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NASA wants your help in developing a Venus rover to 'explore hell'

Surface temperatures on Venus can get more than 840 degrees with surface pressure 90 times that of Earth.

CAPE CANAVERAL, Fla. — After sending four rovers to Mars -- with a fifth launching soon -- NASA is now eyeing Earth's other neighbor for future research missions.

And, the space agency needs the public's help to design the perfect rover that can survive Venus's "hellish" landscape.

On Venus -- the second planet from the Sun -- temperatures can reach more than 840 degrees Fahrenheit. The surface pressure on the planet can also be 90 times that of Earth.

That level of pressure can turn lead into a puddle and easily crush a nuclear-powered submarine, NASA said. 

Many missions have visited Venus, but only about a dozen have reached the surface of the planet before being destroyed by the heat and pressure. Soviet Vega 2 was the last spacecraft to touch Venus in 1985.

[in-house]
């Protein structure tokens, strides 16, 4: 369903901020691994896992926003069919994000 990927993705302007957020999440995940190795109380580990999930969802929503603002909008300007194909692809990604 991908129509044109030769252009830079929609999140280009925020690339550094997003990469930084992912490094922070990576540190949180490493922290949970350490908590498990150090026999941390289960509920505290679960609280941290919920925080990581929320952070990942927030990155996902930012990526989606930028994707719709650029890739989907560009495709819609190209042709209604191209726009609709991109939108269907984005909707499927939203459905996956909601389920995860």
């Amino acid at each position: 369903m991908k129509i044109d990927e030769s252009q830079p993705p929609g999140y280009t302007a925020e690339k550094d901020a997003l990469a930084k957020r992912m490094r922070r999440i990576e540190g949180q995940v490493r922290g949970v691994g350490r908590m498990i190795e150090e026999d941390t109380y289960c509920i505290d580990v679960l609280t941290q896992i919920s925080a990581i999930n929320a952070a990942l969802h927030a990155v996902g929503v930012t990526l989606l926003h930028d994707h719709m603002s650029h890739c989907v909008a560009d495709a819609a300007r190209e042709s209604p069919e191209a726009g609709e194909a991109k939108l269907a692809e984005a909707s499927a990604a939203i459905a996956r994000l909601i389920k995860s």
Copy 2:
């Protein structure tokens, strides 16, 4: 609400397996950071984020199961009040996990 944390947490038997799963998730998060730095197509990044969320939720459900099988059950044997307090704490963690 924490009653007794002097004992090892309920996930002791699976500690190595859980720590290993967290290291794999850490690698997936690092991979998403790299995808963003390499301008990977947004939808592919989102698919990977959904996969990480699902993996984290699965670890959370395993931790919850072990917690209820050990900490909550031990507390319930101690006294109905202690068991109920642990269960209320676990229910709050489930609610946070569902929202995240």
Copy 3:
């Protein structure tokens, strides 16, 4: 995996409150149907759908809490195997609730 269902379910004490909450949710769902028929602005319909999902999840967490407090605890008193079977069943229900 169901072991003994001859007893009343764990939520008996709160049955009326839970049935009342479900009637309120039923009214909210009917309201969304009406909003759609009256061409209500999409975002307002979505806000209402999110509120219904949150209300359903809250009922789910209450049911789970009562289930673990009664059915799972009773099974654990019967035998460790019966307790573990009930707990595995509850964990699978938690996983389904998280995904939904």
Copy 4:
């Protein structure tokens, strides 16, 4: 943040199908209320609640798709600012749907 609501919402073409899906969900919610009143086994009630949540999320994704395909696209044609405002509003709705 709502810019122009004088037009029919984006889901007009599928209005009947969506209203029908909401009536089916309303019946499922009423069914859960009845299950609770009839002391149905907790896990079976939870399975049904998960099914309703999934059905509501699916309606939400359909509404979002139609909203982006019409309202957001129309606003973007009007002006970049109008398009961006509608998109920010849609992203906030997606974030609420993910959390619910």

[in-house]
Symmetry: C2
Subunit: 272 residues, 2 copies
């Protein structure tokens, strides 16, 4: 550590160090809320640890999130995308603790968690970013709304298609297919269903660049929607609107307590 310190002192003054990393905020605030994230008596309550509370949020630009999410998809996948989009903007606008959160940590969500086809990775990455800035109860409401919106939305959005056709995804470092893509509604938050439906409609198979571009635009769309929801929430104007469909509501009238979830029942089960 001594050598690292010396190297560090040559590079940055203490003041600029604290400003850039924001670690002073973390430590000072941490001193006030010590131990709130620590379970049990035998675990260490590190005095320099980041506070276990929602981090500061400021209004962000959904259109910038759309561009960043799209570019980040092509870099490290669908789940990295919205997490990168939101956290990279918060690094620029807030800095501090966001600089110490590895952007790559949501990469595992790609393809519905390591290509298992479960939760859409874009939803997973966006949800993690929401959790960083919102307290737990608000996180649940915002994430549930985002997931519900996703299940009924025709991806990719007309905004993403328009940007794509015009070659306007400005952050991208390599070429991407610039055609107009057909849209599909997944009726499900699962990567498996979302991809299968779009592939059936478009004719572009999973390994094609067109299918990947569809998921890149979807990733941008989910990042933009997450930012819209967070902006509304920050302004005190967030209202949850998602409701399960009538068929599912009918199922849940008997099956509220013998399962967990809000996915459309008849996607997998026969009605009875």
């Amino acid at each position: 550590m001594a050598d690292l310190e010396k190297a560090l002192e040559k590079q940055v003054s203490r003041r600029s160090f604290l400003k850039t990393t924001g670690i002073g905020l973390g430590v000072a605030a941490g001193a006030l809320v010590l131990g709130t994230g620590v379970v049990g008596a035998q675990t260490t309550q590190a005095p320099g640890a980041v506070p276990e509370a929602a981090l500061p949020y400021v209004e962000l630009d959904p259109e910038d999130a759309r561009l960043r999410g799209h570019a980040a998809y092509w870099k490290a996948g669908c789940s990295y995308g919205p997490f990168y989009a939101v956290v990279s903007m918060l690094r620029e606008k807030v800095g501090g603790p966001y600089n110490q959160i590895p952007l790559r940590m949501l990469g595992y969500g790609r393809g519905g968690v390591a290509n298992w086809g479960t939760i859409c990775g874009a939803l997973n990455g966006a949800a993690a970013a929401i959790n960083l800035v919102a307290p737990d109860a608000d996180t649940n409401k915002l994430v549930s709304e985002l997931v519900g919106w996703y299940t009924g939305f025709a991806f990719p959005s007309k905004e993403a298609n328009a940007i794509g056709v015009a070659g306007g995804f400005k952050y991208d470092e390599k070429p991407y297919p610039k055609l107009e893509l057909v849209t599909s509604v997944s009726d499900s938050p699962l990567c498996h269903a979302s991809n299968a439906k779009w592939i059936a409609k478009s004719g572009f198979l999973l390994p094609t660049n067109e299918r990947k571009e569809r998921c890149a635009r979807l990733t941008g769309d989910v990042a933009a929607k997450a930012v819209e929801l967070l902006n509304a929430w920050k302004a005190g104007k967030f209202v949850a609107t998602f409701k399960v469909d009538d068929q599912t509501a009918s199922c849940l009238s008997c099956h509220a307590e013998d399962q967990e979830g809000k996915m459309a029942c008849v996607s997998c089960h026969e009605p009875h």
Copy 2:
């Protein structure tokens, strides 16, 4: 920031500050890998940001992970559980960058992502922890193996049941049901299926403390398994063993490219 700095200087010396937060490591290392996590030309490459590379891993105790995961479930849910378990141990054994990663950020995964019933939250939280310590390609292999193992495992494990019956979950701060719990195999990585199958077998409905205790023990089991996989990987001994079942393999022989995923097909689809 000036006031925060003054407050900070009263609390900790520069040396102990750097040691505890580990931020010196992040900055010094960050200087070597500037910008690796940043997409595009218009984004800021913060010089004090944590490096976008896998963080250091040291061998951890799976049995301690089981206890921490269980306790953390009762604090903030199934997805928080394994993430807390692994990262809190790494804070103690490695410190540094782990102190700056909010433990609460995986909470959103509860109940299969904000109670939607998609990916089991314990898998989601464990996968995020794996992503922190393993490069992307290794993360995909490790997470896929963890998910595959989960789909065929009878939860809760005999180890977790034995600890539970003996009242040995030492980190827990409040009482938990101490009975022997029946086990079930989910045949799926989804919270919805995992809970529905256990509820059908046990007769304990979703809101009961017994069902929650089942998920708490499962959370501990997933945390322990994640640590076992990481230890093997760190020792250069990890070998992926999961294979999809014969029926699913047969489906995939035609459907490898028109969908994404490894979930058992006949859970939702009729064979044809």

Despite Venus's "hellish" environment, scientists say it and Earth are "basically sibling plants." But, they say at one point Venus took a turn and became inhospitable.

Credit: NASA/JPL-Caltech
An illustration of a concept for a possible wind-powered Venus rover.

"By getting on the ground and exploring Venus, we can understand what caused Earth and Venus to diverge on wildly different paths and can explore a foreign world right in our own backyard," said Jonathan Sauder, a senior mechatronics engineer at JPL and principal investigator for the Automaton Rover for Extreme Environments concept.

The "Exploring Hell: Avoiding Obstacles on a Clockwork Rover" competition aims to get public input for a sensor that could be incorporated into a future Venus rover. NASA said the biggest challenge is designing a sensor that doesn't rely on electronic systems, which fail during exposure to more than 250 degrees Fahrenheit.

Submissions are open now through May 29. The first-place prize is $15,000, second place is $10,000 and third place is $5,000.

Enter your design concept here.

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